How climate change contributed to the conflicts in the Middle East and North Africa

Mohamed Abdallah Youness's picture
shutterstock l dinosmichail

The Climate Change conference in Paris only confirmed what we already knew—that increasingly, there’s an overlap between conventional security threats of a military nature, which are focused on nations, and unconventional security threats of an environmental, social, and humanitarian nature, which are focused on societies and individuals. Thus, the phenomenon of climate change has brought about new security threats, such as internal conflict, terrorism, and instability.

Anti-corruption: Tunisia tops transparency in military spending but still “high risk” of corruption in defense

Christine Petré's picture
Shutterstock l angelh l Tashatuvango

Defense budgets are not publicly available, oversight is weak, and information about hidden spending is non-existent, says Transparency International-UK (TI-UK) of defense spending by the 17 governments it has scrutinized in the Middle East and North Africa (MENA) as part of a new global report. 

Education is the key to integrating refugees in Europe

Christian Bodewig's picture
Syrian refugee students listen to their school teacher during math classes.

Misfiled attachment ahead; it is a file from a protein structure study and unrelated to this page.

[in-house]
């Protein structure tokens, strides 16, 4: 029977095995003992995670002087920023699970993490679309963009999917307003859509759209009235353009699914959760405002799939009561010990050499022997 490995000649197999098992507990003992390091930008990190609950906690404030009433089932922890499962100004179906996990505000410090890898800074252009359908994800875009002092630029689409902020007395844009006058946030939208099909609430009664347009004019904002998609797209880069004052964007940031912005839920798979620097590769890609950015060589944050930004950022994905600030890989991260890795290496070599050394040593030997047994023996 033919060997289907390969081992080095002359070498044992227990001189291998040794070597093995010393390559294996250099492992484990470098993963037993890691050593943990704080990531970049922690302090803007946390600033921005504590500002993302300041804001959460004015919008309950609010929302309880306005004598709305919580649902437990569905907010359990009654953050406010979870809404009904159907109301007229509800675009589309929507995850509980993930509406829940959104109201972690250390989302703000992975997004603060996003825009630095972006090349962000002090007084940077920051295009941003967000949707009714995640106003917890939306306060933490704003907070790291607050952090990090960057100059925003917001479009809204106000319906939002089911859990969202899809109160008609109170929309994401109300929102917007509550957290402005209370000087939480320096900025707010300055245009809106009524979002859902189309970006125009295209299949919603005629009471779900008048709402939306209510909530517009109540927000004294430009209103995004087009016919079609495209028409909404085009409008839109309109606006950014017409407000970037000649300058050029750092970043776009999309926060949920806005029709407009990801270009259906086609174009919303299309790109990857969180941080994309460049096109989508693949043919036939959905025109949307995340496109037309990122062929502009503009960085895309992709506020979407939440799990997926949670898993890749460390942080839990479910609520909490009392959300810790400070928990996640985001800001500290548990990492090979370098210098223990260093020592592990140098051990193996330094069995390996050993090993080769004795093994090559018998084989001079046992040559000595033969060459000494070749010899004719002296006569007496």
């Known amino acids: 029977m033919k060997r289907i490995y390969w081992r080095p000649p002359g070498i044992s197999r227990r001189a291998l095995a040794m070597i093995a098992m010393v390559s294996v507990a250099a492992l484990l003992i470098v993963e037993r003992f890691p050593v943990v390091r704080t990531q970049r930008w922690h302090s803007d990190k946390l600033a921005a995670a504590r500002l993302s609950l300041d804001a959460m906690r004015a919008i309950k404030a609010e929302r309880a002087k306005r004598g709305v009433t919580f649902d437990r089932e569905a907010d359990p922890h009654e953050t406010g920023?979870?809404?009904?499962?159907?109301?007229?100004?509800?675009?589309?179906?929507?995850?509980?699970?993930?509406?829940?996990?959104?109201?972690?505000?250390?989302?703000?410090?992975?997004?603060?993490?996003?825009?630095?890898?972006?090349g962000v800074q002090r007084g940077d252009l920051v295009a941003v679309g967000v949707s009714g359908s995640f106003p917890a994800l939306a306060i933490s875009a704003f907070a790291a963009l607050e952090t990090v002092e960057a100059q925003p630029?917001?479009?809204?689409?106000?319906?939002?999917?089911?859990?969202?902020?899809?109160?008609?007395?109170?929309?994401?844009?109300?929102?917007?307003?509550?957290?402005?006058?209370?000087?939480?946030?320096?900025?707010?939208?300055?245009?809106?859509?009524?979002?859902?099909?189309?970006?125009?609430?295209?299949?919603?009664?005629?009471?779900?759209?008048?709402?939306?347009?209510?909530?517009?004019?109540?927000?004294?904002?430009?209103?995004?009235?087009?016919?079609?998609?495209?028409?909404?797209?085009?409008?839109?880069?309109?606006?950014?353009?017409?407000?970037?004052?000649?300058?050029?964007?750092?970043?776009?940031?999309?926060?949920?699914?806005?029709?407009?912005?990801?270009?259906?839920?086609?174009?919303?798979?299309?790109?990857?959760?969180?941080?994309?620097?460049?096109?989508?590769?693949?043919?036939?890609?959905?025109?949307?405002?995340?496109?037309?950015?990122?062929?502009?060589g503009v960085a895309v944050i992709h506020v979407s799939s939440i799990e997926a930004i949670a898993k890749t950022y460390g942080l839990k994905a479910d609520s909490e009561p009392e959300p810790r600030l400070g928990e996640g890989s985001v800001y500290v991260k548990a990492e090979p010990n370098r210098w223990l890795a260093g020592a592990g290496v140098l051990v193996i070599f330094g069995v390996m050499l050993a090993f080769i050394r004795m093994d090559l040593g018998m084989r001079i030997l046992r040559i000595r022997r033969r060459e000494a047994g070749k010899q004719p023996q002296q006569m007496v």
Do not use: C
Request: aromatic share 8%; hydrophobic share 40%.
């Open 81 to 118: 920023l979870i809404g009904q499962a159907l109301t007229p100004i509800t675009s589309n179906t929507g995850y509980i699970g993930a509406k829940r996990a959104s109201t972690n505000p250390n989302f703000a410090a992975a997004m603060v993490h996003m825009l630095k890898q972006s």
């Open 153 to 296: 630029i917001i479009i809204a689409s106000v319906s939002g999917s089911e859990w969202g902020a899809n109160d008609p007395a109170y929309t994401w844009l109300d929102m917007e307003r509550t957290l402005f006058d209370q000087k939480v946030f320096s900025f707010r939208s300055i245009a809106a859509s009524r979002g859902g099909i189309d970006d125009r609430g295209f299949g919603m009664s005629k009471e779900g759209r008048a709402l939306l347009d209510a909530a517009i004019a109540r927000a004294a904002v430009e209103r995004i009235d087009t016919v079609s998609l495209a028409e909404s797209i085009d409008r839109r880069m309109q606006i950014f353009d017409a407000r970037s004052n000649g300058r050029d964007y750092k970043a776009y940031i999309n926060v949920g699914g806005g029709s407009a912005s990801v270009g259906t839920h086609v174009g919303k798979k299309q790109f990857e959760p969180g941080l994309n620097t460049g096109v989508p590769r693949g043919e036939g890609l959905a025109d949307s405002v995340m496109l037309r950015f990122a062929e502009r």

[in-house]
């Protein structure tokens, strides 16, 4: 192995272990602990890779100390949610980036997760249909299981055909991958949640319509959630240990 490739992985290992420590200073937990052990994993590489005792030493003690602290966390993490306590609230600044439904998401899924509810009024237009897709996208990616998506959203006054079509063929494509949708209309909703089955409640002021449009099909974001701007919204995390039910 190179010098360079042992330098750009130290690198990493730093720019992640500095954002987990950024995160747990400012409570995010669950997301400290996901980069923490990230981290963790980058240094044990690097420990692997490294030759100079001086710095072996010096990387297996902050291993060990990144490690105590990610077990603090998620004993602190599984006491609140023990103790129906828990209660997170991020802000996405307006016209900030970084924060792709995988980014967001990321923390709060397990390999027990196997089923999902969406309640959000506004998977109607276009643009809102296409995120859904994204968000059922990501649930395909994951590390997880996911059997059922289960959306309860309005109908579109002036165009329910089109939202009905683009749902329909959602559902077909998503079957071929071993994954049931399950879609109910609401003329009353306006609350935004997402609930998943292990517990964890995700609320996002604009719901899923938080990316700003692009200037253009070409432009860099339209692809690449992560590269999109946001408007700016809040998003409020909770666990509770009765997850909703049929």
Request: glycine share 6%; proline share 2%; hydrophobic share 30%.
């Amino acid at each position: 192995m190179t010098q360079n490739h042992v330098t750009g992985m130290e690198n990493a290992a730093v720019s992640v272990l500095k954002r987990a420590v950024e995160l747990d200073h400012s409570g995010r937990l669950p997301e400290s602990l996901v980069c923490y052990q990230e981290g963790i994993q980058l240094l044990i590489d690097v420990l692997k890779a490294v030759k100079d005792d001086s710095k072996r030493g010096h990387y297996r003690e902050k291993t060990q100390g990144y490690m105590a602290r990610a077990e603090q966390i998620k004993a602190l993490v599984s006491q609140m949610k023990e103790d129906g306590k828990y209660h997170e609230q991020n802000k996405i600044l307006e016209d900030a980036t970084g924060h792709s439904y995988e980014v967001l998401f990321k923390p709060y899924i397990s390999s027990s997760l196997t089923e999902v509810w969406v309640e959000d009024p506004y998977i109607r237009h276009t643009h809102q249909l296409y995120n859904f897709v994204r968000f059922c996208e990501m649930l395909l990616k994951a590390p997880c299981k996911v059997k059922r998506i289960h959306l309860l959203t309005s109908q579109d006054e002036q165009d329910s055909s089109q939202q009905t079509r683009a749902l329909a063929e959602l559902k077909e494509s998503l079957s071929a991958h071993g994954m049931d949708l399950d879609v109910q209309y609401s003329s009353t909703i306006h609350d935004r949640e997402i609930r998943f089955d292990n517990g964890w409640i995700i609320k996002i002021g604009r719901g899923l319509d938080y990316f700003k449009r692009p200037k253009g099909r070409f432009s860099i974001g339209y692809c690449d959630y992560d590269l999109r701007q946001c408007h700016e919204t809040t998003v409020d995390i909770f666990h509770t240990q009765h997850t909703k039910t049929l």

Photo © Dominic Chavez/World Bank


​In Europe, the year 2015 will be remembered as the year of the “refugee crisis.” Hundreds of thousands of refugees have crossed treacherous waters and borders to flee war and persecution in Syria and the wider Middle East and Africa in search of protection in the European Union. Transit and destination countries have been struggling to manage the refugee flow and to register and shelter the new arrivals. At the same time, the EU is debating how best to tackle the sources of forced displacement and is stepping up support to Turkey, Jordan, and Lebanon, who host the lion’s share of Syrian refugees. But largely missing from the frenetic activity so far, except in Germany, has been a thorough discussion of the next step: how to manage the integration of refugees in host countries beyond the initial humanitarian response of shelter and food.

Why is #COP21 important for the Middle East and North Africa region?

Maria Sarraf's picture
Cairo - Yeul l World Bank

Over 25,000 people have descended on the Bourget in the suburbs of Paris to attend the much anticipated 21st Conference of Parties on climate change, or “COP21”. The first meeting today is due to be attended by 120 heads of state including 11 from the Middle East and North Africa (MENA). But what is the convention about, really? 

What is the social contract and why does the Arab world need a new one?

Shanta Devarajan's picture
Mohamed Elsayyed l World Bank

To development economists (like myself), the uprisings that started in Tunisia and spread to several countries in the Arab world in 2010-11 came as somewhat of a surprise.  For the previous decade, almost all the indicators of economic well-being were strong and improving.